Herschel and Planck launch today to study Big Bang
KOURU, FRENCH GUIANA - The Ariane 5 rocket is to launch today, carrying two telescopes which are expected to reveal important information about star birth and galaxy formation. They may also even help answer questions such as how the universe began.
The Herschel and Planck observatories are the last missions to be launched under ESA’s Horizon 2000 long-term plan for space science, which started in 1985. They will separate soon after lift-off and head to L2, the second Lagrange point - a point in space where an object appears to be stationary with regard to two larger objects, such as the Earth and the Moon - where they will operate from independent orbits.
L2 is a local gravitational point that is fixed in the Earth-Sun system and is situated on Earth’s night-side. This location allows Herschel and Planck to shield their sensitive instruments from solar radiation.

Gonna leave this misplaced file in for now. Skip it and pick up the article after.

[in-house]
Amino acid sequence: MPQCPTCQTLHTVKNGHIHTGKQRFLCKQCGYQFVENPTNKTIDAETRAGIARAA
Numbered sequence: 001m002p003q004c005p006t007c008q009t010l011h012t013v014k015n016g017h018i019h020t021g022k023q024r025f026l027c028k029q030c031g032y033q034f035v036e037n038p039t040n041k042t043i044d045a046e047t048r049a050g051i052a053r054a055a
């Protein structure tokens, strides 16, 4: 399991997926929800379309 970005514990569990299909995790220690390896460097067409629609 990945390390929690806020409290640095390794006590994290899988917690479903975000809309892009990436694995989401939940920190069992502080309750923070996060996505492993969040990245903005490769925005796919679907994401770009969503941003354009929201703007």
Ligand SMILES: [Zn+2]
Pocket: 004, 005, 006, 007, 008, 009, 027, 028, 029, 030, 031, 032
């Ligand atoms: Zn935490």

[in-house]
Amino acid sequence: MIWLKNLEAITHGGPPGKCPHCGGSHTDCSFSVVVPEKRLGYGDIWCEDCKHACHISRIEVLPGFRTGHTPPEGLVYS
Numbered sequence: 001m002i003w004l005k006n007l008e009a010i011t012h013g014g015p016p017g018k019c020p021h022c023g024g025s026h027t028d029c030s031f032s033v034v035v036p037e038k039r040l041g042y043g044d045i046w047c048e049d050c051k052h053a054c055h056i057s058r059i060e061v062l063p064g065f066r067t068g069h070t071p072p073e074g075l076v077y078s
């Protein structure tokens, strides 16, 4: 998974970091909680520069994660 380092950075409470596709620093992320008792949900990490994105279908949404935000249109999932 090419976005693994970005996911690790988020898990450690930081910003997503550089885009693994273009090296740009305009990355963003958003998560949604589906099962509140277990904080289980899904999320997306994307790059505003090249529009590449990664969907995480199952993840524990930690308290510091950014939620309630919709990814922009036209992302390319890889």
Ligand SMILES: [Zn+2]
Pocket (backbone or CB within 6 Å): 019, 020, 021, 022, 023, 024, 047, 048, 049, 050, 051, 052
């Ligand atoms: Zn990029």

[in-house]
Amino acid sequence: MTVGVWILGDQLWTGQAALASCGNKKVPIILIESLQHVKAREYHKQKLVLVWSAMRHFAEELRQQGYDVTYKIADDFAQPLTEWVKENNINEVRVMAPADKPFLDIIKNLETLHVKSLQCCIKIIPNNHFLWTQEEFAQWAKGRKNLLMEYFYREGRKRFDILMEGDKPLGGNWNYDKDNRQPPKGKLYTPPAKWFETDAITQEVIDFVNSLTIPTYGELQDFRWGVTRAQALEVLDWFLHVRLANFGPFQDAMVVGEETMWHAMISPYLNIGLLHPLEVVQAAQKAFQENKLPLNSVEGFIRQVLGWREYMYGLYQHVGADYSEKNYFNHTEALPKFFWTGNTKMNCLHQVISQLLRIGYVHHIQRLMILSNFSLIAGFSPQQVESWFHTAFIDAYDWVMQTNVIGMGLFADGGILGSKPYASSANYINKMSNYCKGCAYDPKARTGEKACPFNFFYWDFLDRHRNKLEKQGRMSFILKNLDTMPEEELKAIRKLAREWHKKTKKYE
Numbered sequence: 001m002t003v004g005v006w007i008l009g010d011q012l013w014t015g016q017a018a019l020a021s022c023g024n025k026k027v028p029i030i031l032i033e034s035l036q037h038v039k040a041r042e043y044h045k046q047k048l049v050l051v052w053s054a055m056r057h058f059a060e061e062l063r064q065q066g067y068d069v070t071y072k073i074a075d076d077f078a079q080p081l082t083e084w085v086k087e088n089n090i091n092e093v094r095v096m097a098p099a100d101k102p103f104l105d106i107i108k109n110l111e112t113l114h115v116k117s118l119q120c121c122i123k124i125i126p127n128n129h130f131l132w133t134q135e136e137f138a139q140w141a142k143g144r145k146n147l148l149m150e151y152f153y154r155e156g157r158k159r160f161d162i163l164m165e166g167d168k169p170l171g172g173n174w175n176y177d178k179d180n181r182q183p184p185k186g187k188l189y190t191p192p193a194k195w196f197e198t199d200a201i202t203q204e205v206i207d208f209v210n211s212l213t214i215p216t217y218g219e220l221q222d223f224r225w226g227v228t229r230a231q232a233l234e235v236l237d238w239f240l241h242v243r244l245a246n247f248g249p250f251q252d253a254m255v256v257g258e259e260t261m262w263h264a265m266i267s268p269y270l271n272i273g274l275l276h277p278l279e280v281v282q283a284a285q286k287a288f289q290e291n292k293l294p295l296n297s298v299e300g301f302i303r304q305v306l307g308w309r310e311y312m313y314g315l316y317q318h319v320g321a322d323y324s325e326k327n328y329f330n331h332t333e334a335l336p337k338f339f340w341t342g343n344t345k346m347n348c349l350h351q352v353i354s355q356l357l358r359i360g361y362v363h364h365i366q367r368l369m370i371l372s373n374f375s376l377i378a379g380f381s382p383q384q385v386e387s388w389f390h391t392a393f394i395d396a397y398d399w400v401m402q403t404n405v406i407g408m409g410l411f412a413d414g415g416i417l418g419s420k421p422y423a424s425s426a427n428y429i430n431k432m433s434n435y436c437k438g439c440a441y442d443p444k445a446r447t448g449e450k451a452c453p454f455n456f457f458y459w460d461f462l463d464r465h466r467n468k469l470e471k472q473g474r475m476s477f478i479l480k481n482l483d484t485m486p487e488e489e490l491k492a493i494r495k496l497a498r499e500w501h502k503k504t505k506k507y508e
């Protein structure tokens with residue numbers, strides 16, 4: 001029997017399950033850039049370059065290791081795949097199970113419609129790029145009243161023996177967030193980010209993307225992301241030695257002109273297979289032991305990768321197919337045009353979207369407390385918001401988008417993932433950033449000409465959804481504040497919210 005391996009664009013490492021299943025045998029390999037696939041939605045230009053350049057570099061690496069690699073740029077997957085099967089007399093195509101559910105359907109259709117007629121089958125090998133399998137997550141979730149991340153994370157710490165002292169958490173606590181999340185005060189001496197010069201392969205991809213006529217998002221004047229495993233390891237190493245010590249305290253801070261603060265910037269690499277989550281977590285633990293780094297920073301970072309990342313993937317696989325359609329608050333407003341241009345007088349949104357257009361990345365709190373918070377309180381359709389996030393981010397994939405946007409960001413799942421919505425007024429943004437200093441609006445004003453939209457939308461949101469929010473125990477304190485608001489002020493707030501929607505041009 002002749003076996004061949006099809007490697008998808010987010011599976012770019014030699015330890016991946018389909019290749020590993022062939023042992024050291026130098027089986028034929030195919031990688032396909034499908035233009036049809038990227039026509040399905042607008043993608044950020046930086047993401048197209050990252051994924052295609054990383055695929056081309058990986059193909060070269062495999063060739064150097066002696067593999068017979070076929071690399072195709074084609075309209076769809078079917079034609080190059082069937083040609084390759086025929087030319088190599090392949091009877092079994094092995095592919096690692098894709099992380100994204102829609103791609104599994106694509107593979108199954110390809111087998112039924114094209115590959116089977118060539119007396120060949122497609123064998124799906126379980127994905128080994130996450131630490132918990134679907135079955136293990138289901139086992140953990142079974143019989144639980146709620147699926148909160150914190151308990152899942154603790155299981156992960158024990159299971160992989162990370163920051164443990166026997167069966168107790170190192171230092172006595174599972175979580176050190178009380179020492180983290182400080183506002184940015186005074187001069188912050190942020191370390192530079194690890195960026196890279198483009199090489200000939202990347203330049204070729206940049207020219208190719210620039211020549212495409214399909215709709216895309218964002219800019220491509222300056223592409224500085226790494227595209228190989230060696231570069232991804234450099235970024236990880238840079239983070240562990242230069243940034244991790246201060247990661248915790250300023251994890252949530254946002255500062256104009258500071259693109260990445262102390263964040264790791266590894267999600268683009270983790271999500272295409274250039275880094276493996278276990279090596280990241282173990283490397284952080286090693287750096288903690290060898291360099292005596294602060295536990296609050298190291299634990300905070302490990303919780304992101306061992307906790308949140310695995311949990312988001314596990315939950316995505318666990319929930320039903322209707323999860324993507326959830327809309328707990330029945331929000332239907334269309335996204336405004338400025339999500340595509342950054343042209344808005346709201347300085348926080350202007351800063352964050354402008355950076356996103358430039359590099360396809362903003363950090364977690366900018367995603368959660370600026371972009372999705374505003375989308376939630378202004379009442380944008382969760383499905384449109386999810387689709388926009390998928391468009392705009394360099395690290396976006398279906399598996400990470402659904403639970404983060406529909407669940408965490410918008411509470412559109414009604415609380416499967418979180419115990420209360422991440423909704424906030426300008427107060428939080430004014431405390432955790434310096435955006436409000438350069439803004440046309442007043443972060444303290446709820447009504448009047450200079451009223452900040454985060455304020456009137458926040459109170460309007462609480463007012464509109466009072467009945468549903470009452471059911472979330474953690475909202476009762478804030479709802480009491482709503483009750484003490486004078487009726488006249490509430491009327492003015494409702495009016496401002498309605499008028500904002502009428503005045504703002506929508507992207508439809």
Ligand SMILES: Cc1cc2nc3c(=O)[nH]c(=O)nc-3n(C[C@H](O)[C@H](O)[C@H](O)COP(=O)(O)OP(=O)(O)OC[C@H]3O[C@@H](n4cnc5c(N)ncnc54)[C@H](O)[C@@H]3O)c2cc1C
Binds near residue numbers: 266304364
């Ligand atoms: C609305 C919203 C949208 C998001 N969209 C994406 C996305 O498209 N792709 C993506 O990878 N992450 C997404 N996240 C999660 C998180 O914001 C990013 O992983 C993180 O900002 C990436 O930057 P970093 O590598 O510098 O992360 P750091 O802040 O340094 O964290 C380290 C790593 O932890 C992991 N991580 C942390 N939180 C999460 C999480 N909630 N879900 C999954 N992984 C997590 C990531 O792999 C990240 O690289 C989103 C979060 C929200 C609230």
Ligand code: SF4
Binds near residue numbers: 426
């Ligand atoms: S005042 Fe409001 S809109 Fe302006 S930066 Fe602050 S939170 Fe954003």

Herschel contains the biggest ever mirror to be put into space - 3.5 meters across. It will observe the cool regions of the universe through long-range infra-red - a first for an astronomy mission. It will also study comets and asteroids, and investigate how planets are formed.
Meanwhile, Planck will examine light from just 400,000 years after the Big Bang through microwave wavelengths, with more sensitivity and accuracy than has previously been possible. Scientists are also hoping that it will be possible to use it to calculate the total number of atoms in the universe, and thus establish the total mass of dark matter.
The National Aeronautics and Space Administration's Herschel Science Center at the California Institute of Technology will work with US and European Planck scientists to analyze the satellites' data.
The launch can be watched live, here.